- Organisation, punctuality and ability to work to strict deadlines
- Good research skills
- An enquiring mind with an interest in different kinds of people, places and things
- Interpersonal skills; the ability to talk and communicate well with others
- Able to frequently generate ideas
What qualifications do you need to work as a magazine journalist?
As magazine journalism is an extremely competitive industry, it can pay to have a specific degree in journalism, as this will position you well against other candidates.
A journalism degree will teach you how to write in specific styles and tones and for different kinds of publications. You’ll also learn best practices when it comes to media law, copyright and libel.
If you do not wish to do a degree specifically in journalism, professional bodies such as the National Council for the Training of Journalists (NCTJ) offer short top up courses at colleges and universities around the UK.
Employers do favour applicants with degrees or qualifications from accredited organisations, however, this is not the only route into this industry. Having GCSEs, A-levels or a degree in subjects such as English or creative writing can also help.
Tips for getting a job
The best way to kickstart your career in magazine journalism is to pack in as much experience as you can. When applying for jobs, employers will be impressed if you have a solid portfolio of work, as it will show how dedicated you are to carving a place for yourself within the industry.
Securing an internship or a work placement will help you gain professional experience and learn what it’s like to work as a staff writer at a magazine. However, if you can’t find an internship there are many other ways to proactively get experience, such as:
- Starting your own blog. This is free and easy to do and will help develop your web skills which are often required as a magazine journalist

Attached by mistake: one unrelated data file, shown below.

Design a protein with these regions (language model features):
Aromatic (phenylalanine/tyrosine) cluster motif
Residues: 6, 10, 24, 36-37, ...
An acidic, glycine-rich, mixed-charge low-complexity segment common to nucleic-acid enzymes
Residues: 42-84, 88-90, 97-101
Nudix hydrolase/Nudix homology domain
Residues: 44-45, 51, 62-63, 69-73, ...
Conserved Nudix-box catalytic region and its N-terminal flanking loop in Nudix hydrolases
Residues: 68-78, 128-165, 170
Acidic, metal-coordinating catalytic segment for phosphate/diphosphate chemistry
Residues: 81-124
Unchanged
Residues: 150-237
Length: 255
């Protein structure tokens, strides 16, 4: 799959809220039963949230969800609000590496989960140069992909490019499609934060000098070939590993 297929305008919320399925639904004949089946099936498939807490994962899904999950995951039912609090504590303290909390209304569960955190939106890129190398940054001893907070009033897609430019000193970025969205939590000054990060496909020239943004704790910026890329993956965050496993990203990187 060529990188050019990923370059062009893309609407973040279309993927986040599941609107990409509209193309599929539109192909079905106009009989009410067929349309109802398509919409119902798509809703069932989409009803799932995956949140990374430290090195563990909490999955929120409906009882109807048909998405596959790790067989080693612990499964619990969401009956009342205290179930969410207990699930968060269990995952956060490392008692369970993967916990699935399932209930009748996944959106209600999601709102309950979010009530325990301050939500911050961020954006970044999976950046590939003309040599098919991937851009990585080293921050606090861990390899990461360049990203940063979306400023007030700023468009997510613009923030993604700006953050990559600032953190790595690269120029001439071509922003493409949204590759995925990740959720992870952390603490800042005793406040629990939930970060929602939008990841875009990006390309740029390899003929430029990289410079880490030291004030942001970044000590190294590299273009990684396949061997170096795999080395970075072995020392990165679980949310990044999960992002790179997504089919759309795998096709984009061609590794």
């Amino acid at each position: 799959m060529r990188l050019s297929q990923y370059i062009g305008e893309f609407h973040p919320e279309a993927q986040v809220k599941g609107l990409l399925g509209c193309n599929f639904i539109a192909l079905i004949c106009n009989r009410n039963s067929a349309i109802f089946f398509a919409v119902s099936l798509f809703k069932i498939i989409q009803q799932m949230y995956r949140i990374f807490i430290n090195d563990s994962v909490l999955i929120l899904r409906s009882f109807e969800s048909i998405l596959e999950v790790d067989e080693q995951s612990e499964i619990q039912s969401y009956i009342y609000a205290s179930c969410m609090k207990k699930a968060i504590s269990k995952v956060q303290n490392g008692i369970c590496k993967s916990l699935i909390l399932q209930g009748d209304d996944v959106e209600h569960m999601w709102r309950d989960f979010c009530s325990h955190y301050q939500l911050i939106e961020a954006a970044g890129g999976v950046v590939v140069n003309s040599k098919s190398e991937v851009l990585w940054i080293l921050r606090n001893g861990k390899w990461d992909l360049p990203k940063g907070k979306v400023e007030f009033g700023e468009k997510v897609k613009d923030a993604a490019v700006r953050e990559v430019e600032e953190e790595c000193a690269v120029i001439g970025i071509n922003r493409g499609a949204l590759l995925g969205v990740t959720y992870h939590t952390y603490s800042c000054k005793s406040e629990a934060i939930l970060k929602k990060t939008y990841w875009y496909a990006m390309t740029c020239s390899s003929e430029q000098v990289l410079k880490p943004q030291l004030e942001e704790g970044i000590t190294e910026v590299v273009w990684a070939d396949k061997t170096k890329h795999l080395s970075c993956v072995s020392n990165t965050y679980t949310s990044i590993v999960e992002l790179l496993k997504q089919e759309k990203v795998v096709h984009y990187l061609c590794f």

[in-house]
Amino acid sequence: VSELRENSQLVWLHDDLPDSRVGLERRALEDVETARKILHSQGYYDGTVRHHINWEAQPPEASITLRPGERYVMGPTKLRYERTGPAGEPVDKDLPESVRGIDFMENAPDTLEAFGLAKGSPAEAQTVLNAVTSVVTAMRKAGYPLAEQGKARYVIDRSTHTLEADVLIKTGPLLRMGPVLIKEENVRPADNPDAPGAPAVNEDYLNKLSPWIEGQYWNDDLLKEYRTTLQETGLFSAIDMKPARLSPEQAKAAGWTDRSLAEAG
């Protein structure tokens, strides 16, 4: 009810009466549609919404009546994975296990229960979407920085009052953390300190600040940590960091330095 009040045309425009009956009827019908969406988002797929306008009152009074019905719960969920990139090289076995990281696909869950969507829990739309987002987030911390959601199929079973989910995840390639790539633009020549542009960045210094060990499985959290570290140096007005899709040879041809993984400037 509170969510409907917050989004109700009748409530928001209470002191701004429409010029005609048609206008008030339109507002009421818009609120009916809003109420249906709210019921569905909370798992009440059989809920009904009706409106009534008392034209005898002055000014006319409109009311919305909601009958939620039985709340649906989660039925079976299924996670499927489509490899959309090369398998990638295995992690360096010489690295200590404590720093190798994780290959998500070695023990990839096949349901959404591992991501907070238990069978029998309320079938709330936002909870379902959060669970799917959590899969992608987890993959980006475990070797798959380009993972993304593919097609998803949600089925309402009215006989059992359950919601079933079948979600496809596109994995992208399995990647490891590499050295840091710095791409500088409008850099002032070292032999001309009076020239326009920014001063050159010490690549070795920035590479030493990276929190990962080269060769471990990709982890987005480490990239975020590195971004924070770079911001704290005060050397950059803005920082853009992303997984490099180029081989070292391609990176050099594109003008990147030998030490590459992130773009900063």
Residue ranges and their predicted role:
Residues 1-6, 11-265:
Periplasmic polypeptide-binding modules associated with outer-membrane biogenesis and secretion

- Write for other blogs and websites. Many websites accept guest articles and contributions from writers. Simply contact the editor of a few of your favourite websites and pitch some ideas – some of these opportunities will be paid, but most will be unpaid
- Contact magazines and newspapers and ask for unpaid work experience
- Volunteer to write for non-for-profit publications
Magazine journalism is not an easy industry to access but if you’re determined enough there are many opportunities out there for aspiring writers. It’s a hard job but the effort required to establish yourself in this field makes it all the more rewarding.
Lana Richardson is a journalist and digital marketer. She has worked as a staff writer for a number of publications and is the current blog editor for NIParcels.com
Watch videos on working in magazine journalism
Hattie is the editor of Rewind magazine and regular writes for publications such as I-D, The Guardian and The NME.
Senior Features Writer
Rosie writes for Cosmopolitan magazine and started out by doing lots of work experience.
Hattie is the editor of Rewind magazine and regular writes for publications such as I-D, The Guardian and The NME.Watch now
Senior Features Writer
Rosie writes for Cosmopolitan magazine and started out by doing lots of work experience.Watch now